Inside Rensselaer
* Local Collaboration Looks at Ancient  Saber-Toothed Tiger Teeth
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Local Collaboration Looks at Ancient  Saber-Toothed Tiger Teeth
Chris Bjornsson, director of the Microscopy and Imaging Core Facility in the Center for Biotechnology and Interdisciplinary Studies (CBIS), typed away on a computer attached to what looked like a miniaturized MRI. The CT scanner whirred quietly into action deep in the basement of the building. Normally used by Bjornsson and other Rensselaer researchers to scan tiny bones and tissue samples to study human disease like osteoporosis, the machine contained the biggest object that it had ever scanned — the canine tooth of an ancient saber-toothed tiger.

The special scan took place on April 9 and was part of a unique collaboration with the New York State Museum that brought together researchers from both institutions to study the ancient teeth using some of the most modern technology currently available. And, as new and old collided, the researchers began to gain new insight into the life, habitat, and diet of big cats that died up to 30,000 years ago.

“This is an exciting local partnership that highlights the research capabilities and potential for collaboration here in the Capital Region,” said Glenn Monastersky, director of operations at CBIS. “I am excited to see our equipment, which was purchased with funding through the New York state Gen*NY*sis program, being used for a scientific collaboration with a neighboring Albany institution.”

Robert Feranec, curator of vertebrate paleontology at the New York State Museum, has been studying the teeth of young saber-toothed tigers for several years. Bigger than the deadly canines of an adult Bengal tiger, the ancient teeth of the two baby saber-toothed tigers that he brought for the scan were extremely menacing.

“This is an exciting local partnership that highlights the research capabilities and potential for collaboration here in the Capital Region. I am excited to see our equipment being used for a scientific collaboration with a neighboring Albany institution.”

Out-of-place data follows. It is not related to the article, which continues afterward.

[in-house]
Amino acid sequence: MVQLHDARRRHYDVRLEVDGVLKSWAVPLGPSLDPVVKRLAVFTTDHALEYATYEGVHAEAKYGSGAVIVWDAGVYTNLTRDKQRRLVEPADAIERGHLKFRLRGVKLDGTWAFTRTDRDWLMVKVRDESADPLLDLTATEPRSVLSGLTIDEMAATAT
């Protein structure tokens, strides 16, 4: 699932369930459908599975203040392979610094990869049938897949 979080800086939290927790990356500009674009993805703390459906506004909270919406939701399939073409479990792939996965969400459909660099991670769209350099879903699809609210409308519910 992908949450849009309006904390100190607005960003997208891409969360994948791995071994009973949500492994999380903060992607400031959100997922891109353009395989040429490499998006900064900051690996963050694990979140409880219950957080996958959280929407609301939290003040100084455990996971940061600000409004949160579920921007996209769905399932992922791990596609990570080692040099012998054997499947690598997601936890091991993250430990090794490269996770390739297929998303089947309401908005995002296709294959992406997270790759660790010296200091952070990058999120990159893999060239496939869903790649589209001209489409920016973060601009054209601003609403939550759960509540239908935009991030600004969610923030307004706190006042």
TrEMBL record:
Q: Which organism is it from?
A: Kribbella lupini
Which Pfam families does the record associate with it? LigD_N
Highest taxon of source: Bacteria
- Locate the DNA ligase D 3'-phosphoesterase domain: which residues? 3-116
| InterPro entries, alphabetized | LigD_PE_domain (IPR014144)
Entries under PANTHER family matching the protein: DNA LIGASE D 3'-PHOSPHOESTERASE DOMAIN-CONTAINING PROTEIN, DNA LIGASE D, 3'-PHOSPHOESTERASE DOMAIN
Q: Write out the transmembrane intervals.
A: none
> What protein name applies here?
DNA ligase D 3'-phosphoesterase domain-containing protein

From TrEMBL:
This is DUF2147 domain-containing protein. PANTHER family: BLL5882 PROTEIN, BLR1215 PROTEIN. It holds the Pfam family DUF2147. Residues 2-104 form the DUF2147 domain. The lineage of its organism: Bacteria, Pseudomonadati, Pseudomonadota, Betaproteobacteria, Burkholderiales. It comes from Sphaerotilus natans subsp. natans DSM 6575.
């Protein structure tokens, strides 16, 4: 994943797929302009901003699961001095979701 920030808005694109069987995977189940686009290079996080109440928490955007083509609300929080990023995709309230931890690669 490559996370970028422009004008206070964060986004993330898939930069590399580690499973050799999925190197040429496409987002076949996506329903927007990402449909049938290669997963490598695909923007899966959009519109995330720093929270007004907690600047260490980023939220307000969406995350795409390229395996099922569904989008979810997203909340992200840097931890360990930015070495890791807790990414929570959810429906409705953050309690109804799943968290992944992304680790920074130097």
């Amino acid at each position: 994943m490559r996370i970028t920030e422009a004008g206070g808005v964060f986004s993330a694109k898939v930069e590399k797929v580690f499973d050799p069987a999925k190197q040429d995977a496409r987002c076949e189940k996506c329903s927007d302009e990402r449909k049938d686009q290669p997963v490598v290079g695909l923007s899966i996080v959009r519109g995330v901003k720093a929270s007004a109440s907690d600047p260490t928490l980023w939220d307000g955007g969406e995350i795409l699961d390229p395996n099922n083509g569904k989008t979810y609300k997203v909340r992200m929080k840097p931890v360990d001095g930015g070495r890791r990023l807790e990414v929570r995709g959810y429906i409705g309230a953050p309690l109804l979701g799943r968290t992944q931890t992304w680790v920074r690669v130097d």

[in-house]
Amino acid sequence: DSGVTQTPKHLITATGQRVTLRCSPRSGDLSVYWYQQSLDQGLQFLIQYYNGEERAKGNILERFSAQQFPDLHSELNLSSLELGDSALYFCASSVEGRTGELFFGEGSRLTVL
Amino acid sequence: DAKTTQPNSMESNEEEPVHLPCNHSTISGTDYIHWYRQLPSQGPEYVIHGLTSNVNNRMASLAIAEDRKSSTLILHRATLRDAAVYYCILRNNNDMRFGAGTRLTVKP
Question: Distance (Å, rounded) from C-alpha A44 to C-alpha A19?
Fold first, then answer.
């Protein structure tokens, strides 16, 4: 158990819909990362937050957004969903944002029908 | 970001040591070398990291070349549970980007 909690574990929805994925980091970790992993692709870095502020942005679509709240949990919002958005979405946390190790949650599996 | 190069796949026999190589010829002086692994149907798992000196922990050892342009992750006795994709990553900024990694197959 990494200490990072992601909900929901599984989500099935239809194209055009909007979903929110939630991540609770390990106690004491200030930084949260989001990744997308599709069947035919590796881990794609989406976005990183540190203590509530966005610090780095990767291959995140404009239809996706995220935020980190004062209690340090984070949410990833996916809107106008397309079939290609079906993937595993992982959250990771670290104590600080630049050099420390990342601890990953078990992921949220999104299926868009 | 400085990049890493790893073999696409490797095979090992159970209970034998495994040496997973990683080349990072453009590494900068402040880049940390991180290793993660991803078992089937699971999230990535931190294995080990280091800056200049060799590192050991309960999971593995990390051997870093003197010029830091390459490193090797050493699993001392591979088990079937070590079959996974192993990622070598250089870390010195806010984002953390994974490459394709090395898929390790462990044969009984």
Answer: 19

Stained slightly black from the tar that surrounded them for thousands of years in the La Brea tar pits of southern California, they already appeared to be lethal weapons. But, even after extensive research on these fascinating ancient cats, paleontologists still don’t know how long it takes the cats to grow their signature banana-sized adult canine teeth. Without a better understanding of how long the teeth take to grow, paleontologists don’t yet know when the cats could have used them to kill, what they ate before and after their teeth grew in, or if young cats needed to stay with their parents for a longer period before they become fully capable killers.

A CT scan was exactly what Feranec needed to help solve these ancient puzzles, but it took several years of searching to find the specialized technology that he needed. He discovered the technology right in his backyard at Rensselaer. After hearing from several colleagues that Rensselaer had a scanner that was likely a perfect fit, Feranec reached out to Monastersky and Bjornsson. The scan was quickly arranged and the teeth of the two cats were brought by Feranec to the Rensselaer researchers.

It took nearly six hours to fully scan one of the teeth, and the preliminary results look extremely promising. Feranec will now analyze the results to determine how long it takes the enamel in the teeth to harden and mature or mineralize. Because the CT scanner breaks the image down into extremely thin slices, the researchers will be able to determine how long the mineralized part of the teeth is. Feranec has previously discovered a mathematical formula that he can now apply to this data to determine how long it took the teeth to mature. With this information, he will be able to calculate how long the adult tooth likely took to grow as well as the order in which the other teeth erupted from the cat’s jaw. The research could have widespread implications for understanding the development and growth of teeth in all ancient mammals.

“This is a very big change from what we usually do here,” Bjornsson said. “We are really excited to see this equipment put to new and evocative use.”

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Inside Rensselaer
Volume 2, Number 8, May 2, 2008
©2008 Rensselaer Polytechnic Institute
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